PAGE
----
General News Research — 17 March 2014

Oxytocin, a brain chemical known as the “love hormone,” is showing promise as  a potential treatment for people with the eating disorder anorexia nervosa,  according to research by British and Korean scientists.

In studies of anorexic patients, researchers found oxytocin altered their  tendencies to become fixated on images of fattening foods and large body shapes  – suggesting it could be developed as a treatment to help them overcome  unhealthy obsessions with diet.

Anorexia nervosa affects millions of people worldwide – including around 1  in 150 teenage girls in Britain, where it is one of the leading causes of mental  health-related deaths, both due to physical complications and suicide. While it  mostly affects girls and women the condition can also affect males.

As well as problems with food, eating and body shape, patients with anorexia  often have social difficulties, including anxiety and hypersensitivity to  negative emotions.bigstock-Waist-Away-599503

“Patients with anorexia have a range of social difficulties which often  start in their early teenage years, before the onset of the illness,” said Janet  Treasure, a professor at King’s College London’s Institute of Psychiatry, who  worked on two studies on the hormone published in science journals on  Thursday.

“By using oxytocin as a potential treatment for anorexia, we are focusing on  some of these underlying problems,” she said.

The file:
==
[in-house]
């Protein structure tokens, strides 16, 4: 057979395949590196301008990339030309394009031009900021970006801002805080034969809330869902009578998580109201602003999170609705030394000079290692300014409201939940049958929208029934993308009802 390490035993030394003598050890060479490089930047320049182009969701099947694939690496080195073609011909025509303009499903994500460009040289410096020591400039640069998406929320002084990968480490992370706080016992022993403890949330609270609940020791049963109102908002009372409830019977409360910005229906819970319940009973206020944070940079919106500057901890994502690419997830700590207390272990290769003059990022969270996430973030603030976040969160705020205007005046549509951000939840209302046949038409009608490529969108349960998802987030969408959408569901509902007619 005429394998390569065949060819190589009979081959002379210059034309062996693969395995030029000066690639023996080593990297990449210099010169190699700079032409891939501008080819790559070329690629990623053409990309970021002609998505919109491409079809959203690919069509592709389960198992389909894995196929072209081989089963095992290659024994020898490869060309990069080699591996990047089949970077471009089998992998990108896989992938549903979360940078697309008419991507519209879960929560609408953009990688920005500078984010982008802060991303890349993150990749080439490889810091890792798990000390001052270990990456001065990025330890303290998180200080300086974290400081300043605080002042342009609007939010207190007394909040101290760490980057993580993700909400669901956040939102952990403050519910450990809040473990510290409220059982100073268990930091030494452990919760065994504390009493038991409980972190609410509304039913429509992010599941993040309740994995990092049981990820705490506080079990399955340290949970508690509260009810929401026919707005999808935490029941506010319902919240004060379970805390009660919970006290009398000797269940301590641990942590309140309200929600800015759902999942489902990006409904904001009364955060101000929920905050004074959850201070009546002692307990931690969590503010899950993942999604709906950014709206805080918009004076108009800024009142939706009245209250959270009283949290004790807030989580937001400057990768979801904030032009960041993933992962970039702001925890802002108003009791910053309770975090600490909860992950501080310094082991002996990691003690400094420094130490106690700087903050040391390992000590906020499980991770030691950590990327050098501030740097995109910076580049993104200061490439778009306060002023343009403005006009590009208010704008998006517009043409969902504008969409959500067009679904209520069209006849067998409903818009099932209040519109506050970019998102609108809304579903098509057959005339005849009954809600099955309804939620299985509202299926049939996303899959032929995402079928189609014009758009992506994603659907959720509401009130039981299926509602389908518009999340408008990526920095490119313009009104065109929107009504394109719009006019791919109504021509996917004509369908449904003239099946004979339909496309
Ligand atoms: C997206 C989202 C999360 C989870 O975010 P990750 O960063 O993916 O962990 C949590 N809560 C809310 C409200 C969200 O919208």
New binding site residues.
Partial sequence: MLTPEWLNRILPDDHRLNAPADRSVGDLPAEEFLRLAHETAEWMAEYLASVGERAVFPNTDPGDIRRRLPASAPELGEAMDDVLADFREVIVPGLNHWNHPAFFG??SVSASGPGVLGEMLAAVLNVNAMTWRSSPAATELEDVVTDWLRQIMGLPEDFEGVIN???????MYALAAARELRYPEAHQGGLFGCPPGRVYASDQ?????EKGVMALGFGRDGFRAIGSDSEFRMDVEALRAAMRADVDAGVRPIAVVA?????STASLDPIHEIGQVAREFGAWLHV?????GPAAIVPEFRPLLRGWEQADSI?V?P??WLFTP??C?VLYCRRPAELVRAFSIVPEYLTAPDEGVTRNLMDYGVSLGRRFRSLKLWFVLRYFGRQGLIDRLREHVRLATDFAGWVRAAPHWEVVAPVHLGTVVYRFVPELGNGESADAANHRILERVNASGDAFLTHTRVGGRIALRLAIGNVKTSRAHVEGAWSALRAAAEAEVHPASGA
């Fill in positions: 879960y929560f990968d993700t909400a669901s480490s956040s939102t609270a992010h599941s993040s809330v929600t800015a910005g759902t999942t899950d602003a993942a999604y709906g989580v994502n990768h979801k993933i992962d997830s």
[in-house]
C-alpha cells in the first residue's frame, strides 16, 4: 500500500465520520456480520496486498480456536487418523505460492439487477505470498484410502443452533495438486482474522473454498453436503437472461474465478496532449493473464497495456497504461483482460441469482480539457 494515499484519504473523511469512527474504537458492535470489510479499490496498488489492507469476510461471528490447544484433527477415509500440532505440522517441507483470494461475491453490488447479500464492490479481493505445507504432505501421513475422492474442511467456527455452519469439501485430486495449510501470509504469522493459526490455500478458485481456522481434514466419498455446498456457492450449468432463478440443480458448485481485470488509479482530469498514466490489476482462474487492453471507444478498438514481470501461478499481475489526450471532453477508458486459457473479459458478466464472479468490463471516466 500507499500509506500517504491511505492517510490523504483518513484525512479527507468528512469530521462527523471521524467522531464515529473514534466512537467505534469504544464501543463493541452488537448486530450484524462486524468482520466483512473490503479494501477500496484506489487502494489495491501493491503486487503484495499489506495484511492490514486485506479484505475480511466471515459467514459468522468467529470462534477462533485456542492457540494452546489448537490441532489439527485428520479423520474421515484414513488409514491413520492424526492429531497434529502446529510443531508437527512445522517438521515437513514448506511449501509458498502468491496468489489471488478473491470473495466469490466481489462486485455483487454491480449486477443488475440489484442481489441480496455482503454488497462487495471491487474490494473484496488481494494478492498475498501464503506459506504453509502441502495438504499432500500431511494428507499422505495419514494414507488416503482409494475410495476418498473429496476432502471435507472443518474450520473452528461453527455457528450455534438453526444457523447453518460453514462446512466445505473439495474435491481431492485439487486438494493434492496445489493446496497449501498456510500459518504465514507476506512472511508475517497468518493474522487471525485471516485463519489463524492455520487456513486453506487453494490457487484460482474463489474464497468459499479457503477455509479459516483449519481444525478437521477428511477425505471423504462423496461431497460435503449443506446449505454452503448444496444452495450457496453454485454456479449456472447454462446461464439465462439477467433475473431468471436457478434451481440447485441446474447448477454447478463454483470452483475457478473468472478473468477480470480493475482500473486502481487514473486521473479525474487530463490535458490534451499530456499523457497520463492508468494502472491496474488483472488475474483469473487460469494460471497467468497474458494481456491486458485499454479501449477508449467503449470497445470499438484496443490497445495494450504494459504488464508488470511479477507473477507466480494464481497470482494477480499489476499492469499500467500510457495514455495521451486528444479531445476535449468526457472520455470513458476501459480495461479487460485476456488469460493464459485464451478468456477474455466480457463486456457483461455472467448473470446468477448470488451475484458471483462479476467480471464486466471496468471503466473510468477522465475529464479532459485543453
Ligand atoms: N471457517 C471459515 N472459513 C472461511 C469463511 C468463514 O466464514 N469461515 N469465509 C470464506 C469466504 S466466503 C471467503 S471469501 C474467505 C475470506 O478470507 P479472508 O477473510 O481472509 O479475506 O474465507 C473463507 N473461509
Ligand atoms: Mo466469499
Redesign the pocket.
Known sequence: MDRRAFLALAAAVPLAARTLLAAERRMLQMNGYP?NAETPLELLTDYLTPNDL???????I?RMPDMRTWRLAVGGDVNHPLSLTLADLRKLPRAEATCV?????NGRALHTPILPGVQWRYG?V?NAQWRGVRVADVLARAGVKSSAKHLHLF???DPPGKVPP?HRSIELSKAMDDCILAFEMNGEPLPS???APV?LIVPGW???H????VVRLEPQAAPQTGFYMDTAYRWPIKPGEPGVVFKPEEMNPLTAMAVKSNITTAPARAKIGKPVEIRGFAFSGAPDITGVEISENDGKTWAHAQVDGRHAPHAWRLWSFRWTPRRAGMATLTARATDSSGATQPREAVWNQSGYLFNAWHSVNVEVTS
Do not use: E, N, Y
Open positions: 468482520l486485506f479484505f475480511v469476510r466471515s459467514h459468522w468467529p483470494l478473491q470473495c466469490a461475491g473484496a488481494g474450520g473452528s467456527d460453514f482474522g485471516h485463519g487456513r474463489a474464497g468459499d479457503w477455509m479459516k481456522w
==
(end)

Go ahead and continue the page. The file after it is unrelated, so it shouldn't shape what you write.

Oxytocin is a hormone released naturally in human bonding, including during  sex, childbirth and breastfeeding. As a synthesized product, it has been tested  as a treatment for various psychiatric disorders. Some studies have shown it has  benefits in lowering social anxiety in people with autism.

In the first of two studies, Treasure’s team analyzed 31 patients with  anorexia and 33 healthy controls who were given either oxytocin or a placebo.  Participants were asked before and after taking the drug or placebo to look at  images relating to weight, high and low calorie foods, and fat and thin body  shapes.

As images flashed up, the researchers measured how quickly participants  identified them. If they had a tendency to focus on the negative images, they  would identify them more rapidly.

The results, published in the Psychoneuroendocrinology journal, showed that  after taking oxytocin, anorexic patients reduced their focus on images of food  and fat bodies.

In a second study, published in Public Library of Science journal PLOS ONE,  the researchers used the same participants, the same drug and placebo, but  tested reactions to facial expressions such as anger, disgust or happiness.  After taking a dose of oxytocin, patients with anorexia were less likely to  focus on the “disgust” faces.

“Our research shows that oxytocin reduces patients’ unconscious tendencies  to focus on food, body shape, and negative emotions,” said Youl-Ri Kim, a  professor at Inje University in Seoul, South Korea who worked with Treasure.

He said the result “hints at the advent of a novel, ground-breaking  treatment option for patients with anorexia.”

Treasure stressed the research was at an early stage, however, and although  it was “hugely exciting to see the potential this treatment could have”, much  larger trials would need to be carried out on more diverse participants before  oxytocin could considered for an approved treatment.

This article first appeared on ‘New York Daily News’ on 14 March 2014.


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